If `j` is less than `k`, left subarray is less than `k`, we need to include more elements from right subarray, therefore k^{th} smallest element is in right subarray somewhere. We have already found `j` smallest elements, all we need to find is `k-j` elements from right subarray.

What if `j` is greater than `k`? In this case, we have to drop some elements from left subarray, so our search space would be left subarray after partition.

Theoretically, this algorithm still has the complexity of `O(n log n)`

, but practically, you do not need to sort the entire array before you find k smallest elements.

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### Algorithm to find Kth smallest element in array

- Select a pivot and partition the array with pivot at correct position
`j` - If position of pivot,
`j`, is equal to`k`, return A[j]. - If
`j`is less than`k`, discard array from`start`to`j`, and look for (k-j)^{th}smallest element in right sub array, go to step 1. - If
`j`is greater than`k`, discard array from`j`to`end`and look for k^{th}element in left subarray, go to step 1

Let’s take an example and see if this algorithm works? A = [4, 2, 1, 7, 5, 3, 8, 10, 9, 6 ], and we have to find fifth smallest element in array A.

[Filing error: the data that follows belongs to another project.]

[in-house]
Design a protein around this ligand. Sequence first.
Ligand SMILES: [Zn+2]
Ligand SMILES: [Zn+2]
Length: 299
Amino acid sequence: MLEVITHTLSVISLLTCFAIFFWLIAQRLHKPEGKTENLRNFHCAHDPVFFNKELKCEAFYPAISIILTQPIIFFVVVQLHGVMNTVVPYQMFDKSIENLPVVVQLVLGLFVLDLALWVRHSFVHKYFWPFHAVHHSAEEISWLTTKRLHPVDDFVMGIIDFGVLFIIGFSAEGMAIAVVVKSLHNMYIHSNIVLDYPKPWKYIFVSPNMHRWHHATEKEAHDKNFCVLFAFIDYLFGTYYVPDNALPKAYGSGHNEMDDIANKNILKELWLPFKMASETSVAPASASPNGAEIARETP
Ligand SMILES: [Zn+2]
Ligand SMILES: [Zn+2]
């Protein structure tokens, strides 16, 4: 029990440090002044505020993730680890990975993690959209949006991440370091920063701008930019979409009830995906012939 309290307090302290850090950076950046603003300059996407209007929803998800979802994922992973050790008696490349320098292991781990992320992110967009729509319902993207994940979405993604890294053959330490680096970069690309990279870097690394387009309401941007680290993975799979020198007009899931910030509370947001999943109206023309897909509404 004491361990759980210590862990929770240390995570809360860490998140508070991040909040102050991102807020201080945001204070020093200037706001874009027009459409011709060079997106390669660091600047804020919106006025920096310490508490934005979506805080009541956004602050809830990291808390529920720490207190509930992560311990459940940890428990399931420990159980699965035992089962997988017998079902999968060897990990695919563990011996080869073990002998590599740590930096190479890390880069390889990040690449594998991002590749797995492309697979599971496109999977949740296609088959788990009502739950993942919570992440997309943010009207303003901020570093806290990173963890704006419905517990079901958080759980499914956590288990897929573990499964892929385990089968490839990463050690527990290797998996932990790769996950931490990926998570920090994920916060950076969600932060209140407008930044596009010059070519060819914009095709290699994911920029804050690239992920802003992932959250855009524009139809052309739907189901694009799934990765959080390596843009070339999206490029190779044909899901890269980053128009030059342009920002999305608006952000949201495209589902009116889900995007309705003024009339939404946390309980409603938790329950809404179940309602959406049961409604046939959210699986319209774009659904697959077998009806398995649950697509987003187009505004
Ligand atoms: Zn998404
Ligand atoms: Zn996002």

Start with pivot as first index of array, so `pivot` = 0, partition the array into two parts around pivot such that all elements on left side of pivot element, i.e. `A[pivot]` are smaller and all elements on right side are greater than `A[pivot]`.

Start with pivot as first index of array, so `pivot` = 0, partition the array into two parts around pivot such that all elements on left side of pivot element, i.e. `A[pivot]` are smaller and all elements on right side are greater than `A[pivot]`.

In our example, array A will look like below after pivot has found it’s the correct position.

If `pivot` == `k-1` (array is represented as zero base index), then `A[pivot]` is k^{th} smallest element. Since `pivot` (3) is less than `k-1` (4), look for k^{th} smallest element on right side of the `pivot`.